Felicidades! 2020 Crimson and Gold Yearbook, “Full Circle,” Dedicated to Mrs. Alanna Kump 

By Jack Viscuso ’21

During typical times, the dedication would follow the recessional hymn at a late-winter or early-spring Mass. The yearbook’s editor-in-chief would approach the lectern as a wave of silence swept over the students and faculty packed into the Activity-Athletic Center.

He would begin his speech listing little-known details of an individual – perhaps mention a hometown, the college he or she attended, or memories from the start of a career. Eventually, everyone in the arena would know who was being spoken about, and a long, roaring round of applause would commence.

As we know, these are not typical times.

But Mrs. Kump is no typical teacher, either.

So, while it seemed somehow improper for the Chaminade Family to learn of this year’s Crimson and Gold yearbook honoree through a video message, it could not have been bestowed on someone more deserving – a faculty member whose 26 years of faithful dedication to our school and its students have established her as among the most popular and respected teachers by her peers and pupils alike.

Appearing from his home in a CANVAS video message, Liam Maxson ’20, Editor-in-Chief of the Crimson and Gold, revealed the theme of the 2020 yearbook – “Full Circle.”

He recalled the growth and advancement of Chaminade over the four years his senior class has spent on campus. The opening of the Dolan Family, Science, Technology, and Research Center, launch of the Bloomberg Financial Lab, and introduction of Advanced Placement-aligned class offerings have elevated their learning experience and presented new opportunities for both them and the school’s underclassmen. 

“‘Full Circle’ represents the Chaminade spirit of innovation, grounded in the rich tradition of Marianist education,” explained Liam. “The goal of the theme ‘Full Circle’ is to document this union of progress and tradition.”

Mrs. Kump taught countless current and former Flyers the fundamental skills and advanced strategies necessary to become successful chess players.

He continued to describe the commitment and charisma of this year’s honoree through her roles as an upper-level Spanish teacher, chairperson of the Foreign Language Department, and moderator of both the chess club and team.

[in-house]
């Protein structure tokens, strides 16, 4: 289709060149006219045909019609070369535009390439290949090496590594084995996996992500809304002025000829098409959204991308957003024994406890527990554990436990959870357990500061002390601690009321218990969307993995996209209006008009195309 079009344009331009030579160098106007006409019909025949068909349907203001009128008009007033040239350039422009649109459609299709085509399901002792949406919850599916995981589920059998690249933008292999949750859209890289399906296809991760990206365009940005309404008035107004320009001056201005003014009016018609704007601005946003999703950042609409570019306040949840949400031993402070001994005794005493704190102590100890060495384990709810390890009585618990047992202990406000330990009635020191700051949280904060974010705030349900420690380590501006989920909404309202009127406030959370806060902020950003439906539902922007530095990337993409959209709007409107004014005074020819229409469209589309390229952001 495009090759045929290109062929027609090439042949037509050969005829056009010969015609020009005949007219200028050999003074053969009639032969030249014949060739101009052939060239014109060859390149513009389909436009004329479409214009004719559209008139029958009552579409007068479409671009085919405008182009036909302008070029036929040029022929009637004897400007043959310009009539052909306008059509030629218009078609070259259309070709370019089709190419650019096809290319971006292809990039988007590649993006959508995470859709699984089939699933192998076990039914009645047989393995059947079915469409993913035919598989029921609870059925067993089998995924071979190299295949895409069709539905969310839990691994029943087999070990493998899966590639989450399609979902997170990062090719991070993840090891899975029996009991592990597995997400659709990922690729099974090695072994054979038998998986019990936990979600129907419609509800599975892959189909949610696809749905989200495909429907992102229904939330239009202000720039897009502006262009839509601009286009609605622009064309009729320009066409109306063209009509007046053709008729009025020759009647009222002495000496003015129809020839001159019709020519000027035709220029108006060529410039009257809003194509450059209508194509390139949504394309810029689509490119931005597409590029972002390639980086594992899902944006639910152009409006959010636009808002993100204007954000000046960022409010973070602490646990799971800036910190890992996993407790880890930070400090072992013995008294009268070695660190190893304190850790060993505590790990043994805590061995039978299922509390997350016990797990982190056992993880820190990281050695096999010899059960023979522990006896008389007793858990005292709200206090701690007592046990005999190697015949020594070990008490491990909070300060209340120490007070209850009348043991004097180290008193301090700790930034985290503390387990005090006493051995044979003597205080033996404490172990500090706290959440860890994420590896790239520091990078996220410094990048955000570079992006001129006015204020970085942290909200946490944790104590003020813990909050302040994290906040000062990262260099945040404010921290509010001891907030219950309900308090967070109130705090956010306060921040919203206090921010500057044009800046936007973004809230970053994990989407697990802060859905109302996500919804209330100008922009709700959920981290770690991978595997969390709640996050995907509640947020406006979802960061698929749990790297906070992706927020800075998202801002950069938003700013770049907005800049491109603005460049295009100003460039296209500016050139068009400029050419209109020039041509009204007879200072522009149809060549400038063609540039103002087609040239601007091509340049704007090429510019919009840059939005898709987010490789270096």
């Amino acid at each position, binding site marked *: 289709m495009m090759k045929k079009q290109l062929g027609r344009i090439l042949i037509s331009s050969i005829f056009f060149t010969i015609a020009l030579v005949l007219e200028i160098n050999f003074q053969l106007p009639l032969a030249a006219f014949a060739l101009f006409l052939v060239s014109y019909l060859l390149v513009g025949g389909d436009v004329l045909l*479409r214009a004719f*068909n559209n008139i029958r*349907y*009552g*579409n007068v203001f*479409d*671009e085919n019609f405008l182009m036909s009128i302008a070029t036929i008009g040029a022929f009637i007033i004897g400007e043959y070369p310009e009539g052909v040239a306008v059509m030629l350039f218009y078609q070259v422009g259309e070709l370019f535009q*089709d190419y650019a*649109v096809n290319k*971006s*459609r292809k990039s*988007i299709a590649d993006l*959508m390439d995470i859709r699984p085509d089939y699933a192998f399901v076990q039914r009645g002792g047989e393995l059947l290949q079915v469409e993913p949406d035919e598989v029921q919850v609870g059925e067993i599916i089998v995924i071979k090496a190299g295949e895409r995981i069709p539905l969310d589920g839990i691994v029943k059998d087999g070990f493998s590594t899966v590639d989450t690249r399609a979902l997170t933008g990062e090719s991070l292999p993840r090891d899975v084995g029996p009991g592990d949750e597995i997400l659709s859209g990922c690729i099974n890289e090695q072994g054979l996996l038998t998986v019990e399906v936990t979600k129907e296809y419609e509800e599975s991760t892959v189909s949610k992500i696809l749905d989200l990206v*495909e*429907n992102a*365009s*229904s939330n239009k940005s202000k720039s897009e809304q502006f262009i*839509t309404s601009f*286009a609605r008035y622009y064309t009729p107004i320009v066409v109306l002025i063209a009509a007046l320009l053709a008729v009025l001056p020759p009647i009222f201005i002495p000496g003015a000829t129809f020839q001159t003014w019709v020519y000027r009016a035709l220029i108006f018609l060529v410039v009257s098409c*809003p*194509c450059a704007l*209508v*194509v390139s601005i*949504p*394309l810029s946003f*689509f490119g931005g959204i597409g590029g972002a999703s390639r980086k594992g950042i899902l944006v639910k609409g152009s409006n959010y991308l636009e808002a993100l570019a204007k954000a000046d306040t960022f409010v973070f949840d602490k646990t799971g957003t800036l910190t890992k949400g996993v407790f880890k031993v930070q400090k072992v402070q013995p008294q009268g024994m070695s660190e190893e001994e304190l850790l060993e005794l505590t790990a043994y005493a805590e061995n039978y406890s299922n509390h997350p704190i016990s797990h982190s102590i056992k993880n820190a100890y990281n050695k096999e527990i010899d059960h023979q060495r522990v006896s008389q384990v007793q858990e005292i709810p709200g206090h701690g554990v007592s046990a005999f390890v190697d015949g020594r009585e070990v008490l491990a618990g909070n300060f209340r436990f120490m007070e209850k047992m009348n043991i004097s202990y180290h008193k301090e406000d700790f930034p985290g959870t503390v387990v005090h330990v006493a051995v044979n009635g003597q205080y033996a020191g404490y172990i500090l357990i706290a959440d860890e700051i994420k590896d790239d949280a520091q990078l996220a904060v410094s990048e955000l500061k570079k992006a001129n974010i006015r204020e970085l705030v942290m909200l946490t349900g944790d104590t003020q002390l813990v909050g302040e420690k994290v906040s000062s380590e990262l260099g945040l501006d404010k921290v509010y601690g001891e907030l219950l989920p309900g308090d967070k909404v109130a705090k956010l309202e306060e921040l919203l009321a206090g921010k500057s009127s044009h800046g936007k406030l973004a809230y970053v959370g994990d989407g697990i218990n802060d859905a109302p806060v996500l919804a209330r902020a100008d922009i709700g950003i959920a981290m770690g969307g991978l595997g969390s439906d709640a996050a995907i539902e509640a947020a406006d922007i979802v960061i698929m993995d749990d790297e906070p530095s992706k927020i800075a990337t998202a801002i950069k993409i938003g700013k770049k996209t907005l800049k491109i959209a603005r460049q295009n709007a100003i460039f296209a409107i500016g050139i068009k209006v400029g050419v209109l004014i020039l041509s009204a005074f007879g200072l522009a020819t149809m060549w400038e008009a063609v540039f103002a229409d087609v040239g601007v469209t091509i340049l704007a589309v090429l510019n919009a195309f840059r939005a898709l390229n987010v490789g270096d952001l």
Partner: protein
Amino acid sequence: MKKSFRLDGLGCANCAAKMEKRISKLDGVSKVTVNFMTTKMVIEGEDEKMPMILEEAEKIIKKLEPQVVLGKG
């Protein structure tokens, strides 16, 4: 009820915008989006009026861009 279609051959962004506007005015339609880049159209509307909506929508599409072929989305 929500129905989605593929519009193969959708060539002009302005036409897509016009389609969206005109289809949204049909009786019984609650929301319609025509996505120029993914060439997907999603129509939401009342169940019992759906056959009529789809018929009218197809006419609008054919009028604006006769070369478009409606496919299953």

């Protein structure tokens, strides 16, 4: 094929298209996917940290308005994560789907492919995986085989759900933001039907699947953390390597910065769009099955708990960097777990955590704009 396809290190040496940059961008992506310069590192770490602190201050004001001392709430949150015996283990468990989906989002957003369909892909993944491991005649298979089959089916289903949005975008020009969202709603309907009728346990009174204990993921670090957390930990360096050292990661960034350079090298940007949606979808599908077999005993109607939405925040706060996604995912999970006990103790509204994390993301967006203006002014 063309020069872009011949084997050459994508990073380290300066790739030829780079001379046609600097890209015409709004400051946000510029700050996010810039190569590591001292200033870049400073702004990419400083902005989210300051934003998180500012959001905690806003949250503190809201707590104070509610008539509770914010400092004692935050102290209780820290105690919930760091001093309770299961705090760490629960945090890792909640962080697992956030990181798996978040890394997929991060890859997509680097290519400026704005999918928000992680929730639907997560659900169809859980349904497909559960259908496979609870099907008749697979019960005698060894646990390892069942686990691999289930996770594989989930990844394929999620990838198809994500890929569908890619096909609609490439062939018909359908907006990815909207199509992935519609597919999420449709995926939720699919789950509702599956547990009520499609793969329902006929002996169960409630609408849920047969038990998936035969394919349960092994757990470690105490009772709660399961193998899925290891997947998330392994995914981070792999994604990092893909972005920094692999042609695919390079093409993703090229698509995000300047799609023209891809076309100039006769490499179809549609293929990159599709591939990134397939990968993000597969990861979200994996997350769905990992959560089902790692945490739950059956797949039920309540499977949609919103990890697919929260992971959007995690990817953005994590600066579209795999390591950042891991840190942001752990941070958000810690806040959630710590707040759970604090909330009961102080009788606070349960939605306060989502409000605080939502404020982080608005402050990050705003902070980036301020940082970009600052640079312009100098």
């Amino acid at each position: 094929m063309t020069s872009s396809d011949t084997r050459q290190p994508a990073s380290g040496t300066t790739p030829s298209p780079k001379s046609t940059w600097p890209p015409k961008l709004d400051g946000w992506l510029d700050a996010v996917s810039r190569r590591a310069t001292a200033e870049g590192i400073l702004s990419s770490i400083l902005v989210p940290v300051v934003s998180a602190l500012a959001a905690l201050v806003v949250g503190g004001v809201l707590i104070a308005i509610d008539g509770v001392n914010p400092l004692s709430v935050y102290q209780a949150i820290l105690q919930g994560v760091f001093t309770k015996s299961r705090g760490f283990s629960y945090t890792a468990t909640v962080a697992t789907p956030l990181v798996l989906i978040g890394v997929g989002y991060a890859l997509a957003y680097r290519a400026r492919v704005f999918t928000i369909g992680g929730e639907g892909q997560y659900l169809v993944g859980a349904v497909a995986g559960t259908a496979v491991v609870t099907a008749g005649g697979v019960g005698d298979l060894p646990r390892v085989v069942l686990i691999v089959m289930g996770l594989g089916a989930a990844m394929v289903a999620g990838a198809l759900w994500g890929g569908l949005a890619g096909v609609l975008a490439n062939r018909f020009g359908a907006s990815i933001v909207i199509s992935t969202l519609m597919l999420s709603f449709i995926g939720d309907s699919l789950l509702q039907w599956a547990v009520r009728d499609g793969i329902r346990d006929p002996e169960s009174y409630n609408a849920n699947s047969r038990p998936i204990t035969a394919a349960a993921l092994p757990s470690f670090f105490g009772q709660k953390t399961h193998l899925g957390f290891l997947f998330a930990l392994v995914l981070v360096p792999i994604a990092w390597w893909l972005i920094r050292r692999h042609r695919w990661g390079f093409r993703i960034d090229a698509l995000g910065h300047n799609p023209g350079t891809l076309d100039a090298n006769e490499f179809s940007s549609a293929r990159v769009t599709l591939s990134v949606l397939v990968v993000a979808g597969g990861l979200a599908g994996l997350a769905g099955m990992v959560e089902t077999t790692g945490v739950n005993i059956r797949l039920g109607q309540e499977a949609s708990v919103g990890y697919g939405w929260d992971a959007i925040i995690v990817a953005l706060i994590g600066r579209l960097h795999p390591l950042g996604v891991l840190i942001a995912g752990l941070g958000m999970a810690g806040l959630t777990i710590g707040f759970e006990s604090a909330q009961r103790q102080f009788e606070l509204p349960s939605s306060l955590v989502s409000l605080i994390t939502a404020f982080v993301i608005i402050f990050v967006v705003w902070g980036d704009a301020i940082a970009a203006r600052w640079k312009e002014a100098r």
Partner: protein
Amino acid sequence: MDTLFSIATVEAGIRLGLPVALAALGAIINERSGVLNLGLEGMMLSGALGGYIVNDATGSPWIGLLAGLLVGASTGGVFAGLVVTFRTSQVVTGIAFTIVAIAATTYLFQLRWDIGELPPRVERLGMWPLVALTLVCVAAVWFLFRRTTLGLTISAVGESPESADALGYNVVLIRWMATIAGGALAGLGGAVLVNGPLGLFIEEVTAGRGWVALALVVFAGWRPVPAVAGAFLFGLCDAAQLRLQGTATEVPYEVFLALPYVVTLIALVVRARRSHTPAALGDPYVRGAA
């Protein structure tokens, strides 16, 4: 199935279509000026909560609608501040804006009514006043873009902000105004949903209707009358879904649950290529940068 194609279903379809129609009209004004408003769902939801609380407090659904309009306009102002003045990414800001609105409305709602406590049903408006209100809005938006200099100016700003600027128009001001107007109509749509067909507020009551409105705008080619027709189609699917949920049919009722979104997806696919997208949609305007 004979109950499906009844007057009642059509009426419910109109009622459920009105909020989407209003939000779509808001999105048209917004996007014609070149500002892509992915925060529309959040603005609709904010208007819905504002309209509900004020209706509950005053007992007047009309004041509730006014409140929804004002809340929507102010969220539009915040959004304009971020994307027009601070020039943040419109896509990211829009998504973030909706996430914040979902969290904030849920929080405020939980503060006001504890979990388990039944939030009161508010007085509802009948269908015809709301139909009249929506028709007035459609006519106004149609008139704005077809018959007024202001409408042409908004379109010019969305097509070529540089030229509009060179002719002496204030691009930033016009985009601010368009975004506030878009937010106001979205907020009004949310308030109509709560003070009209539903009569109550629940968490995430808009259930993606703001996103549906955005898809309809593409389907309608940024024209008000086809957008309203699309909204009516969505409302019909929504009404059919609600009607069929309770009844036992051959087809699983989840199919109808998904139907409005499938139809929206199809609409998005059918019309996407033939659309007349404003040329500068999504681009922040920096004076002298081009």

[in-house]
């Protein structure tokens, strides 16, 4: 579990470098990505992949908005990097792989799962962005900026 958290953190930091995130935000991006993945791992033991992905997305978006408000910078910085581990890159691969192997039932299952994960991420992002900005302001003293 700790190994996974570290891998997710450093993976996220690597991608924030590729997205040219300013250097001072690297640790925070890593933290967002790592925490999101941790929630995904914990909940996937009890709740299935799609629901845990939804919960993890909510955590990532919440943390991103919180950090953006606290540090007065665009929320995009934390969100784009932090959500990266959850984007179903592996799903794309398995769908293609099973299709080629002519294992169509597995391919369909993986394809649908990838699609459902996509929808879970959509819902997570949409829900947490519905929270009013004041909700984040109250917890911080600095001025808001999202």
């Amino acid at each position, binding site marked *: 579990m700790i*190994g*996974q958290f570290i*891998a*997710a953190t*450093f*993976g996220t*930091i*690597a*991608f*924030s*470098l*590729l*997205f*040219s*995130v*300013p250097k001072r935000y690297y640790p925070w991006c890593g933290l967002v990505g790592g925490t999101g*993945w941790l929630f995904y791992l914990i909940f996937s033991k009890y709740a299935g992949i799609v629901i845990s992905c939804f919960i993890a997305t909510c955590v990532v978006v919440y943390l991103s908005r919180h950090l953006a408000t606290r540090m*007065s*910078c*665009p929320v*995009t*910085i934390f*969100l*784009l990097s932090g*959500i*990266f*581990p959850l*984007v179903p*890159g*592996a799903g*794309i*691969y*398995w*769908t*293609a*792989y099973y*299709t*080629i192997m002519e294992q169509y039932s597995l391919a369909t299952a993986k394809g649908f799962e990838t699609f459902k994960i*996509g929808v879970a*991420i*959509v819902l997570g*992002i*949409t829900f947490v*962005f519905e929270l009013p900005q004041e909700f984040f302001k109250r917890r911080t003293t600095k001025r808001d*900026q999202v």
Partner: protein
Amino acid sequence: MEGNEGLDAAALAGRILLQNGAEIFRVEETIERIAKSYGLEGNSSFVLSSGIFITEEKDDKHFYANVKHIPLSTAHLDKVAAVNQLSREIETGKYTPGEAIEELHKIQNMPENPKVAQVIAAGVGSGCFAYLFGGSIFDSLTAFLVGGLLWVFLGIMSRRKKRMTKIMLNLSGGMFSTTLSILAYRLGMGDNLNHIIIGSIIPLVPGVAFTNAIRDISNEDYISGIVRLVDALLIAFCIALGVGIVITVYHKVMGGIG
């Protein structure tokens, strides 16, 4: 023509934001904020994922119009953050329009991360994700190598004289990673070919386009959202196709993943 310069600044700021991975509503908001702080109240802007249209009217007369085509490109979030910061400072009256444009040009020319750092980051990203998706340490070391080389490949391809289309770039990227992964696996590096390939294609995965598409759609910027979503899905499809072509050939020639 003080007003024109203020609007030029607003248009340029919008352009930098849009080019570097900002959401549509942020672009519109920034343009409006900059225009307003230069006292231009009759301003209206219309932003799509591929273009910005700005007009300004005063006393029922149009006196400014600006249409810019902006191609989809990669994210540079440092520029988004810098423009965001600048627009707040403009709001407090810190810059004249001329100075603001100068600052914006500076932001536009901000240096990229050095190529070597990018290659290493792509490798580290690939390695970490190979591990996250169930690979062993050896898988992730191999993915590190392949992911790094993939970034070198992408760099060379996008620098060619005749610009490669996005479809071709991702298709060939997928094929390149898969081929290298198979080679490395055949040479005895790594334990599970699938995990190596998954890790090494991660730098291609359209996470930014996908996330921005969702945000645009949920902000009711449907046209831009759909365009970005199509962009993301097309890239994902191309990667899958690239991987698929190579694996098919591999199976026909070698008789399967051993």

Mrs. Kump graduated from St. Vincent Ferrer High School in Manhattan and received her bachelor’s degree from Ladycliff College in Highland Falls, New York before earning an M.B.A. from Long Island University Brooklyn. She began her teaching career thereafter, eventually joining the faculty at Our Lady of Victory Academy in Dobbs Ferry. In 1994, Mrs. Kump came to Chaminade – and the rest is history.

“If you told me in September that I would be standing in my house thanking the senior class for this honor, I would not have believed you,” Mrs. Kump exclaimed via video message, smiling as usual. “Life has taken us on a different journey this year, and there have been many dark days, but this is a very bright spot that I really appreciate.”

Mrs. Kump praised the generation-plus worth of students who had come through her classroom and inspired her to teach with a unique sense of passion, humor, and knowledge.

“Muchisimas gracias por este honor muy especial [The most thanks for this very special honor],” said Mrs. Kump, appropriately capping her acceptance speech with one last Spanish lesson. 

Connor Polaski ’21, a current Spanish IV student of Mrs. Kump’s, acknowledged her ability to connect individually with each student and effectively teach Spanish: “Mrs. Kump is such a kind teacher who has tremendously helped me and my classmates become more proficient in Spanish.”

During a Language Week event, a professional performer is seen leading a Chinese Lion in the traditional “Lion Dance.”

Mrs. Kump’s unwavering devotion to instilling an appreciation and love of other cultures even outside the classroom was witnessed by both students and her fellow teachers through her organization of Chaminade’s annual Language Week. During this special celebration of various foreign languages, ranging from Latin to German and Spanish, Morning Announcements featured cultural music and prayers. Afternoon performances by Chinese acrobats and Spanish dancers charmed students and fostered an understanding of customs that unite our world.  

“Language Week was one of the most fun new traditions I have seen develop in my time as a teacher here,” said Mr. Patrick Reichart ’01, one of Mrs. Kump’s former students (and current faculty moderator of Tarmac). “I know the students especially appreciated the new prayer videos and treats at lunchtime that came with the annual event.”

After nearly three decades in the Chaminade community, Mrs. Kump will conclude her time as a teacher, leaving a profound impression on the thousands of students she taught and scores of colleagues with whom she interacted. 

“It’s been a pleasure working with Mrs. Kump,” said French teacher Mr. Terence McCormick ’03. “Over the years – first as coworkers, and then when she became my department chair – I’ve learned a lot from her experience in education. One of the most significant things Mrs. Kump taught me was patience and dedication to the needs of my students – she has always fostered excellent relationships with her students. Teaching is more than just instructing and assigning work from the front of the classroom; it is also about developing a rapport and relationship with the students you teach.”

One of Mrs. Kump’s current students, Peter Vouthas ’20, echoed this sentiment: “Mrs. Kump was one of the most approachable and helpful teachers I’ve ever had. She walked into class each day excited to teach us. Her presence in the classroom and around the school will certainly be missed.”